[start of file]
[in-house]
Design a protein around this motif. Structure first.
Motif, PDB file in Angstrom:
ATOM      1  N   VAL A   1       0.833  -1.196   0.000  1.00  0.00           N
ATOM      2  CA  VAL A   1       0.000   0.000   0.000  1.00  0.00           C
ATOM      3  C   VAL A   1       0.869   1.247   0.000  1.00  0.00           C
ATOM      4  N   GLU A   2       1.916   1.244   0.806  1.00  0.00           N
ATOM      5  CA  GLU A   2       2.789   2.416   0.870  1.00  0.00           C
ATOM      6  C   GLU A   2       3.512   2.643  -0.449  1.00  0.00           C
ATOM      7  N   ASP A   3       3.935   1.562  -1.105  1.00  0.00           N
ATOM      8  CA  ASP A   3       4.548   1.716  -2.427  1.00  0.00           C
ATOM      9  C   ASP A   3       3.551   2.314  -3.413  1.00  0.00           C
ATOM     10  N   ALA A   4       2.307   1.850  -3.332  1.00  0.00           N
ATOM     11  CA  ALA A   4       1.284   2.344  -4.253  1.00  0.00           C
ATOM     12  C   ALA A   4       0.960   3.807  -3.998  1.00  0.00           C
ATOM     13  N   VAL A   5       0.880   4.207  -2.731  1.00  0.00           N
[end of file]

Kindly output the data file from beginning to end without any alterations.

[in-house]
Design a protein around this motif. Structure first.
Motif, PDB file in Angstrom:
ATOM      1  N   VAL A   1       0.833  -1.196   0.000  1.00  0.00           N
ATOM      2  CA  VAL A   1       0.000   0.000   0.000  1.00  0.00           C
ATOM      3  C   VAL A   1       0.869   1.247   0.000  1.00  0.00           C
ATOM      4  N   GLU A   2       1.916   1.244   0.806  1.00  0.00           N
ATOM      5  CA  GLU A   2       2.789   2.416   0.870  1.00  0.00           C
ATOM      6  C   GLU A   2       3.512   2.643  -0.449  1.00  0.00           C
ATOM      7  N   ASP A   3       3.935   1.562  -1.105  1.00  0.00           N
ATOM      8  CA  ASP A   3       4.548   1.716  -2.427  1.00  0.00           C
ATOM      9  C   ASP A   3       3.551   2.314  -3.413  1.00  0.00           C
ATOM     10  N   ALA A   4       2.307   1.850  -3.332  1.00  0.00           N
ATOM     11  CA  ALA A   4       1.284   2.344  -4.253  1.00  0.00           C
ATOM     12  C   ALA A   4       0.960   3.807  -3.998  1.00  0.00           C
ATOM     13  N   VAL A   5       0.880   4.207  -2.731  1.00  0.00           N